• Cannibalizing: taking business away from your employer and funneling it to your own business. Just flat-out unethical.
• Maintain highest ethical standards
• Aggrandizing: making yourself seem bigger than you are. It’s the deceptive practice of false advertising of your skills, background, experiences or the size of your business.
 
Here’s to your success in starting a new business in 2013. May it be the start of an entirely new path for you!
 
Ethan Chazin, The Compassionate Coach
 

Do You Work in a Learning Organization?

Only learning organizations are equipped to succeed in today’s brutally competitive business environment.
 
Organizations that create cultures of continuous learning for their employees are referred to as “learning organizations.” These organizations facilitate the learning of their people and are able to continuously transform themselves.
 
But learning organizations don’t just happen. They evolve as a result of the MANY pressures facing today’s organizations. Challenges such as social media, the 24x7x365 new cycle, constantly advancing technology, global competition, internet-based business models constantly pose threats to an organization’s survival.
 
For example, the average age of a company that appeared on the Fortune 500 list of the world’s most successful businesses used to be 50 years. Now, the average age of a member of that illustrious list is a mere FIVE years. Further, companies once deemed “too big to fail” are doing so with scary regularity. Examples such as Bear Stearns, Circuit City, Lehman Brothers, Borders, Blockbuster, Meryl Lynch abound.
 
In order to adapt to these constant challenges, companies that transform themselves into learning organizations (learning society) are able to remain competitive. The concept of the learning organization was first developed through the research and work done by Peter Senge and his associates in 1994. Further contributions came from Donald Schon in his writing about the “learning society.”
 
Organizations need to become more like “COMMUNITIES” that their employees feel a sense of commitment towards. Many companies have destroyed employee trust and loyalty by tearing up the employer-employee contract beginning in the 1980s, when they began sending jobs overseas to lower cost labor markets. Words like off-shoring, outsourcing, re-engineering, right-sizing, downsizing have become all too familiar vernacular for Management’s destruction of the American worker’s long-term work prospects.
 
Usually, an organization becomes a learning organization as an outcome of that company becoming far too structured. As companies grow they expand, adding on layer after layer of bureaucracy which always leads to organizational inefficiency and ineffectiveness.
 
When that happens, some leaders are wise enough to identify an overwhelming need to restructure/downsize in order to become more lean and efficient. What they end up facing is a need to have their remaining workforce become more productive on a per-employee basis due to the smaller number of remaining workers they have.
 
That then demands you create a new environment, in which people can openly share learning without their sharing becoming devalued or ignored completely. This is an absolute necessity for the remaining workers to all benefit from the sharing of knowledge and experiences, which in turn empowers the employee who shares their knowledge. This is at the heart of the learning organization.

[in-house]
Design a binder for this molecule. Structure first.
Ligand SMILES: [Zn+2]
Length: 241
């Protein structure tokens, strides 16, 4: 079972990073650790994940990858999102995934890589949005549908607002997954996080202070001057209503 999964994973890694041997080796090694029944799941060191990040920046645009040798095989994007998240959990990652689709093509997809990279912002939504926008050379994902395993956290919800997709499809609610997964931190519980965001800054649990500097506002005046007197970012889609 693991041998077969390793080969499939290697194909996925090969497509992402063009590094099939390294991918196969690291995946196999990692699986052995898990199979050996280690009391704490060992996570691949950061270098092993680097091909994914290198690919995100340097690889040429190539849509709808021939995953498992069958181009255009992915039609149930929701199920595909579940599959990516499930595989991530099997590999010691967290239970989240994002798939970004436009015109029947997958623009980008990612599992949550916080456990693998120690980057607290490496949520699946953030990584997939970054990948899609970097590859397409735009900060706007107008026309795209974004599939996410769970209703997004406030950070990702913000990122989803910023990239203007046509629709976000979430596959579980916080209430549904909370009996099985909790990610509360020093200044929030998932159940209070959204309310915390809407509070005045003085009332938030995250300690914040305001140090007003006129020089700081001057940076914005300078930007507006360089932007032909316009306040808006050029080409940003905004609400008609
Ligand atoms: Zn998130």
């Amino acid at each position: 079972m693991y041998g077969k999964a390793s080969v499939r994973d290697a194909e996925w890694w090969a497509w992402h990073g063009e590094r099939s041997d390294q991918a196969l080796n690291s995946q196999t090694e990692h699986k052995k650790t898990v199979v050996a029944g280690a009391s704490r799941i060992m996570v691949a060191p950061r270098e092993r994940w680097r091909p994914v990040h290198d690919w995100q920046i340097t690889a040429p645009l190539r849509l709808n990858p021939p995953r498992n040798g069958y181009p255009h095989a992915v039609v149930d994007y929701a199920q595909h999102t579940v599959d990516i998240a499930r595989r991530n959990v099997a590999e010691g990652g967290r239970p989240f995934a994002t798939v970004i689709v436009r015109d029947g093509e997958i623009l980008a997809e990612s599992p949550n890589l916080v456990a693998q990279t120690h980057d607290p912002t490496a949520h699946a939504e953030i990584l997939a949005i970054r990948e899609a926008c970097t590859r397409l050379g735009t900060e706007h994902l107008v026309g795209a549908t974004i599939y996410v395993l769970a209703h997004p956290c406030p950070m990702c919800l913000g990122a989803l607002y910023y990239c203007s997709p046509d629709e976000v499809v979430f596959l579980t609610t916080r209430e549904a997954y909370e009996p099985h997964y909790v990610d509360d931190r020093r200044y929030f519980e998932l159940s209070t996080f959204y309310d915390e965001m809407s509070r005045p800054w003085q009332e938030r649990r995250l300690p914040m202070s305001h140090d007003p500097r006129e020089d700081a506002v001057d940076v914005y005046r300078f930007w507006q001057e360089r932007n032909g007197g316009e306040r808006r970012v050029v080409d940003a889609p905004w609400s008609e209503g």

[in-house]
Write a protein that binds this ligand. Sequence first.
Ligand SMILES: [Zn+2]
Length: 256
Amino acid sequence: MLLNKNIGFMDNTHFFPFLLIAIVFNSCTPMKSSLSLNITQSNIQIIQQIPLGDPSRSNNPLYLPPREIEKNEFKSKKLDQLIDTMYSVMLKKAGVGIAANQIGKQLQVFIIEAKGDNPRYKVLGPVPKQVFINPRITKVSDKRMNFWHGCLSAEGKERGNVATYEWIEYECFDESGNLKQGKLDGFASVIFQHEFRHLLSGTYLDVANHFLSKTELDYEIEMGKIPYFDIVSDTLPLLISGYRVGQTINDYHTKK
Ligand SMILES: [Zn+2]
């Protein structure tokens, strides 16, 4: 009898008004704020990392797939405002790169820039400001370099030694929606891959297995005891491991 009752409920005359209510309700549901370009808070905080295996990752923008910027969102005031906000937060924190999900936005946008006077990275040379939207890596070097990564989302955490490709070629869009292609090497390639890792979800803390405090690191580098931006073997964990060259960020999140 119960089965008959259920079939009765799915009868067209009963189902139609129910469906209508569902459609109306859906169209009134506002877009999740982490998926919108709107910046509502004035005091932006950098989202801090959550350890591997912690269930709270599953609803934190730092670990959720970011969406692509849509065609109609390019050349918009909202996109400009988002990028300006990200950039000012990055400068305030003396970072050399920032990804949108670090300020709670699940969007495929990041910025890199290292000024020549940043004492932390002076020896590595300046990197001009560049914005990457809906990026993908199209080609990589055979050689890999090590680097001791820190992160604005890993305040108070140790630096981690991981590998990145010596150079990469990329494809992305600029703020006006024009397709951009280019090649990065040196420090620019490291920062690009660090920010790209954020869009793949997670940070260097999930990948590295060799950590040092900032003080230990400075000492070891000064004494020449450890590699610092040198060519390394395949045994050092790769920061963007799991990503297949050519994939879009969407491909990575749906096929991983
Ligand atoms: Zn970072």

I have unfortunately spent over 20 years working in many industries for many organizations that did not understand this central tenet. Workers who feel that their experience, knowledge, training, and education are valued want to share their expertise for the greater good of the organization. But many managers and business owners still manage their people like they were purely assets (a cost to be maintained/controlled) like we were still in a manufacturing-based economy. WE’RE NOT! We work in the 21st Century technology/service-based economy. Knowledge is the single greatest assert to be leveraged, for true lasting competitive advantage. And many organizations simply refuse to embrace this fact.
 
Don’t believe me? Here’s a VERY simple test you can conduct, in order to (dis)prove how poorly prepared your own organization is to take advantage of its people’s talents.
 
Ask your Human Resources folks to take a random sample of any five (5) employees in your organization. Have them write down each person’s job requirements, those functions they are tasked with performing on a daily basis. Then, write down the top 5-8 core competencies that each of those people possess. Now, compare the list of job requirements with their greatest talents for each of those people. I GUARANTEE you that for each person, there is a significant disconnect/disparity between their talents and the work they are tasked with performing. This holds true in ANY organization and people at any level of your organization. This is why most organizations are NOT a learning organization.
 
How then can you spot a learning organization? Following are a few key characteristics of true learning organizations. See if any can be found in YOUR company:
 
* They provide CONTINUOUS learning opportunities for all employees;
* They apply learning to achieve all their personal, team, and organizational goals;
* They link each individual’s performance to the organization’s performance;
* They truly ENCOURAGE personal inquiry and open dialog;
* They make it safe for people to both share openly and take risks WITHOUT fear of punishment for failure (In fact, failing GREATLY as a continuous learning tool is actively encouraged); and
* They are continuously aware of, and interact constantly with, their external environment (Kerka 1995). You define an organization’s external environment as the markets they compete in, their employees, clients, partners,vendors, suppliers, and competitors.